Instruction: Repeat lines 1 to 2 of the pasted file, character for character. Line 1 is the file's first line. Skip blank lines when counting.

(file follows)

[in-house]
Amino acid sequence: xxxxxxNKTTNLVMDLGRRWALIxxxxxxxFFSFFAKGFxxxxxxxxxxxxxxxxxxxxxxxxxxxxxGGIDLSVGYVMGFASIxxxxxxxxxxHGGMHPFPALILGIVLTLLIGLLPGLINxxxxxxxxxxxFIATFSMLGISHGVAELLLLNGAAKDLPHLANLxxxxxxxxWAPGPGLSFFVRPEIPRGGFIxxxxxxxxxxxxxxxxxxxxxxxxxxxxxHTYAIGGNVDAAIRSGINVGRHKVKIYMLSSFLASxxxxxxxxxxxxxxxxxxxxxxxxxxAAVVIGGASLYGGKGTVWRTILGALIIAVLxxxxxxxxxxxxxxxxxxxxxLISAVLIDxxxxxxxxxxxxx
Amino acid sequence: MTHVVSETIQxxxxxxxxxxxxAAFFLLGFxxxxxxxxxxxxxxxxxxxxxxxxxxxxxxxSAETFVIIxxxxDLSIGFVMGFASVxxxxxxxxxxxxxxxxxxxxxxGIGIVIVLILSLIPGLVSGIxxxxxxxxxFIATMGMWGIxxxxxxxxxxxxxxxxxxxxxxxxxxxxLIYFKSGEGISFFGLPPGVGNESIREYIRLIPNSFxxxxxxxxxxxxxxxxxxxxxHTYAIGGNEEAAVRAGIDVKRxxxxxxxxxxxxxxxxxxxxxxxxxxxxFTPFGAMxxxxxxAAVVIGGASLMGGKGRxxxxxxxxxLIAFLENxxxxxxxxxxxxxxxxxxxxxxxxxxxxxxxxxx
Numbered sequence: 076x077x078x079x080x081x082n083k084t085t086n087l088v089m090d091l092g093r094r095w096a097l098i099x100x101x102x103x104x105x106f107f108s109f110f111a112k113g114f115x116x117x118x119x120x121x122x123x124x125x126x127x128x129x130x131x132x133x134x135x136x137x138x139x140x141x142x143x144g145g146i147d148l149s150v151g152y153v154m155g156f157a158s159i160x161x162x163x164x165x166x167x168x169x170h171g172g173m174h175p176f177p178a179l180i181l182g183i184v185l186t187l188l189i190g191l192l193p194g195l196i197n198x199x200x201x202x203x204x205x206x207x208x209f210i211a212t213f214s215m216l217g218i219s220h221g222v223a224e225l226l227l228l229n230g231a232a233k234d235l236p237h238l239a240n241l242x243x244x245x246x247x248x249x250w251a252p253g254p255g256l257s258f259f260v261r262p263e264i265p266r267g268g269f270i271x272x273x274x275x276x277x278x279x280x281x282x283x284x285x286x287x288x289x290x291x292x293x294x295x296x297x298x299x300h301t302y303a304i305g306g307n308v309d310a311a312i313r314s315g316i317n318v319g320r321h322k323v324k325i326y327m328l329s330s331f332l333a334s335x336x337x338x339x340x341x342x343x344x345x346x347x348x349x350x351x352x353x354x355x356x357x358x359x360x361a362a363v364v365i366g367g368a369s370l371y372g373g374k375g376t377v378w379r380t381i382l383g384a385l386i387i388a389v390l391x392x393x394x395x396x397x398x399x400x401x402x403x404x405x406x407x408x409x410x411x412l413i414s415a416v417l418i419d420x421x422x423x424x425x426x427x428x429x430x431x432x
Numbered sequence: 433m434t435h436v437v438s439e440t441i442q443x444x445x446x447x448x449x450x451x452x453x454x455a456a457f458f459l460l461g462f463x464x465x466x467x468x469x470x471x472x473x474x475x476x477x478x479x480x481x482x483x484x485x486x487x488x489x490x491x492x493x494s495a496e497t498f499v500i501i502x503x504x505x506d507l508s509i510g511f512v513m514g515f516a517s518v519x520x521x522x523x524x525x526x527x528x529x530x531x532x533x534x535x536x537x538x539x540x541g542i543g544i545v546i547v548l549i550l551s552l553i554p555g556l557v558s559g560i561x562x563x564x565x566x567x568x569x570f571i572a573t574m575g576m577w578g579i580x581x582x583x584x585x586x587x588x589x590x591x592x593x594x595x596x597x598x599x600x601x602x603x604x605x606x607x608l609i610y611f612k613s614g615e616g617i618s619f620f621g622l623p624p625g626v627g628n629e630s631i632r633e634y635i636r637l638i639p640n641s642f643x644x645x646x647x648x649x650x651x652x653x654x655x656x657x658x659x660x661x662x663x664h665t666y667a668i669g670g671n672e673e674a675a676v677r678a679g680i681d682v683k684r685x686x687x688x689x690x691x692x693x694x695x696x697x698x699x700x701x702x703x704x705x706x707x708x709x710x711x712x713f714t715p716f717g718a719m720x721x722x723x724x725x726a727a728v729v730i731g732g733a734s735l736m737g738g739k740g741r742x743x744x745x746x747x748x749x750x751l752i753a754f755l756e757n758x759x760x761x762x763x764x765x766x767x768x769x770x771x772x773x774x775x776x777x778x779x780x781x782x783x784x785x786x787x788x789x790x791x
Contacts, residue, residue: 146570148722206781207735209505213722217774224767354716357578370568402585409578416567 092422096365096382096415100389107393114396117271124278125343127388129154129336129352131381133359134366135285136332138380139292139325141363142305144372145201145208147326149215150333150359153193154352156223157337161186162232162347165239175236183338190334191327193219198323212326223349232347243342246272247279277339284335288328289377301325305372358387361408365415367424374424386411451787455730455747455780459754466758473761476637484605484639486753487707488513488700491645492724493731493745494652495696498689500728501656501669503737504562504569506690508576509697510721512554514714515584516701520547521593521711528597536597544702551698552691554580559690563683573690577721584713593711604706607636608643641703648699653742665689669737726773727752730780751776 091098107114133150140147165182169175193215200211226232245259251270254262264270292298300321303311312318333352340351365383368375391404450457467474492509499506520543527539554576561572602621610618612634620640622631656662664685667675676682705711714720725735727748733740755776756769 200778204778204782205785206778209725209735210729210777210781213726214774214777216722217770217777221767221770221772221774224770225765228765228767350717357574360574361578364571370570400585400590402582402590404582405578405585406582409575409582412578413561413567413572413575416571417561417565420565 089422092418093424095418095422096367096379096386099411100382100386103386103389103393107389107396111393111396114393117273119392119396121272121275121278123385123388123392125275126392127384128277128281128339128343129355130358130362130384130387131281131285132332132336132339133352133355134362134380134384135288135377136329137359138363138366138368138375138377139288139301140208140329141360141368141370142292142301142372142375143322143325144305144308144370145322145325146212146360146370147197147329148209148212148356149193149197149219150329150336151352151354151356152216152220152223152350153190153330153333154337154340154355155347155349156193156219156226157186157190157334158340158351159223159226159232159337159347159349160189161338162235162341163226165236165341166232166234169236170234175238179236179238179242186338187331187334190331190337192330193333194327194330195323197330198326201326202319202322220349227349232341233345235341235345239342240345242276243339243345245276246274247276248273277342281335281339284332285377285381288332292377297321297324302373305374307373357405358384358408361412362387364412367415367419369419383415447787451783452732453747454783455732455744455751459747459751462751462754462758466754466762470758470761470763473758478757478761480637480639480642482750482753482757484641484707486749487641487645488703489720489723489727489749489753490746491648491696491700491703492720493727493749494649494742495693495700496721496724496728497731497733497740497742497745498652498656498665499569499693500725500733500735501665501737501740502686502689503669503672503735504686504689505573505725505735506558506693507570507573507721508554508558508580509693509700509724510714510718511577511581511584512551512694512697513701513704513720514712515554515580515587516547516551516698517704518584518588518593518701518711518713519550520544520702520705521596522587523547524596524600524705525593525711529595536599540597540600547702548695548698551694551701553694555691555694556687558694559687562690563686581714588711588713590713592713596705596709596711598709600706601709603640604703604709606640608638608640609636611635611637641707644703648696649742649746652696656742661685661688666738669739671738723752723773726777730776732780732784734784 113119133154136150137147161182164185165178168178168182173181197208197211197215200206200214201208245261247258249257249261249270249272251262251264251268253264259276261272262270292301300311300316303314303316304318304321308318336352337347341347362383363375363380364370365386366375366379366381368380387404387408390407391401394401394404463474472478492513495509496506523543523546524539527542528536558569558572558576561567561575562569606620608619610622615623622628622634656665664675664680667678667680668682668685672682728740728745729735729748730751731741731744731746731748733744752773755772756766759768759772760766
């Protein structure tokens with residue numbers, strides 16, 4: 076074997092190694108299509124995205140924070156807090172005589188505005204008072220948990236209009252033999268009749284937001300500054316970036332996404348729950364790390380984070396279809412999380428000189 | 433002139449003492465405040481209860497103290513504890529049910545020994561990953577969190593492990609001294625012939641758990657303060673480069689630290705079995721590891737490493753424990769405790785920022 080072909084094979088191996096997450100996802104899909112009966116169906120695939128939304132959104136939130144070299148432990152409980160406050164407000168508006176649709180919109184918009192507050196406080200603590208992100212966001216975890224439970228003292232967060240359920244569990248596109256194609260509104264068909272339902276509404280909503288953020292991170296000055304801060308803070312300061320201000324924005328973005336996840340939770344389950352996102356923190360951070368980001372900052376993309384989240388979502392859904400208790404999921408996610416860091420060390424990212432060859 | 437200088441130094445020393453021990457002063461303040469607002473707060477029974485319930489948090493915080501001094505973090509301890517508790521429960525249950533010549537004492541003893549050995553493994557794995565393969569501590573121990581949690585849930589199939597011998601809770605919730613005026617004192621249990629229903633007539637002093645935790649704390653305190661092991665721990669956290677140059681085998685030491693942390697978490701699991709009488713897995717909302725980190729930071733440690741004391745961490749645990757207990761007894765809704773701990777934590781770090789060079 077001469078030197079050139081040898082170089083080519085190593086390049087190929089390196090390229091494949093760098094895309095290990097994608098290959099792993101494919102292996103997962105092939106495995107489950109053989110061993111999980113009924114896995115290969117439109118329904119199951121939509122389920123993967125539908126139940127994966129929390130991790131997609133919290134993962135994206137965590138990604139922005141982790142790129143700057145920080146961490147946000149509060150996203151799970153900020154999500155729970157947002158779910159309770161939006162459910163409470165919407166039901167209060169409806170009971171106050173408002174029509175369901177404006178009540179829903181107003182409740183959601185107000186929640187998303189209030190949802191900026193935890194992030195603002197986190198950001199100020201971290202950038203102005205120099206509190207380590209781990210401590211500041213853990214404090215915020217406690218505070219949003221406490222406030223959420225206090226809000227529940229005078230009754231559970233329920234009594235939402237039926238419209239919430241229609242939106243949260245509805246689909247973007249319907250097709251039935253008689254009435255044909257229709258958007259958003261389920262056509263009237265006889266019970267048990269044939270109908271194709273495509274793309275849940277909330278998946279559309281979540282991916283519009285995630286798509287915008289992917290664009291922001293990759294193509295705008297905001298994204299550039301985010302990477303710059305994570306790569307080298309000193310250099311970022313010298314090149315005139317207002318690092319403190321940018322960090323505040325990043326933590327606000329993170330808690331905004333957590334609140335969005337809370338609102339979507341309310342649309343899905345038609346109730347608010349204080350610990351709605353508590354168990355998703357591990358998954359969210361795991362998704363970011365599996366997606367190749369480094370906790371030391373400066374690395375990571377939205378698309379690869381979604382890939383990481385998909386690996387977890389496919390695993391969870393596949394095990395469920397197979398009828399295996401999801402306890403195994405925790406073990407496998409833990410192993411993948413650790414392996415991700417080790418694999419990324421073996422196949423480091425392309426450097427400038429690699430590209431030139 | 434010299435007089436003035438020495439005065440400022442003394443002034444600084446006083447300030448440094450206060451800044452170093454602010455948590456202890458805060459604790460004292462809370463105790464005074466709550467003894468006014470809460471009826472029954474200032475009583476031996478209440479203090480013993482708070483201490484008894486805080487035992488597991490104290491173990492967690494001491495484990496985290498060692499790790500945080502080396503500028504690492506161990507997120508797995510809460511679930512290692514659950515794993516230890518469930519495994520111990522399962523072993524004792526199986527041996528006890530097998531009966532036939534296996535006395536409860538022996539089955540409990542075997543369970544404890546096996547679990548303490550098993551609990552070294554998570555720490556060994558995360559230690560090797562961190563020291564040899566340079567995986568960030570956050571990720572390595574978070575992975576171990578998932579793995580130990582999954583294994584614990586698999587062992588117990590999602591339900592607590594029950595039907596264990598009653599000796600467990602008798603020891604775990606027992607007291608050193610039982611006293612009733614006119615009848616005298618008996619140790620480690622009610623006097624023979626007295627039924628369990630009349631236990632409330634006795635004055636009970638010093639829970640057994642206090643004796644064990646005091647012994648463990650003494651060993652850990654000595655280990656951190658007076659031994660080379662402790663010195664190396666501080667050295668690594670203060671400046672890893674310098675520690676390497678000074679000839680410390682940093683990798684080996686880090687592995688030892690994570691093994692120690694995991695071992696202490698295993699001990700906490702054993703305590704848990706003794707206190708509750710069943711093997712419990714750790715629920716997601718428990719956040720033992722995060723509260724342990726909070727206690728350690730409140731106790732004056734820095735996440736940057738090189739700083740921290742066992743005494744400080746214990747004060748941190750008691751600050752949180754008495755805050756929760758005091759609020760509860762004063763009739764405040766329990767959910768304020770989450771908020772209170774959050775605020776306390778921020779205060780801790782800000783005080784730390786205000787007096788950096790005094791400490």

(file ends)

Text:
[in-house]
Amino acid sequence: xxxxxxNKTTNLVMDLGRRWALIxxxxxxxFFSFFAKGFxxxxxxxxxxxxxxxxxxxxxxxxxxxxxGGIDLSVGYVMGFASIxxxxxxxxxxHGGMHPFPALILGIVLTLLIGLLPGLINxxxxxxxxxxxFIATFSMLGISHGVAELLLLNGAAKDLPHLANLxxxxxxxxWAPGPGLSFFVRPEIPRGGFIxxxxxxxxxxxxxxxxxxxxxxxxxxxxxHTYAIGGNVDAAIRSGINVGRHKVKIYMLSSFLASxxxxxxxxxxxxxxxxxxxxxxxxxxAAVVIGGASLYGGKGTVWRTILGALIIAVLxxxxxxxxxxxxxxxxxxxxxLISAVLIDxxxxxxxxxxxxx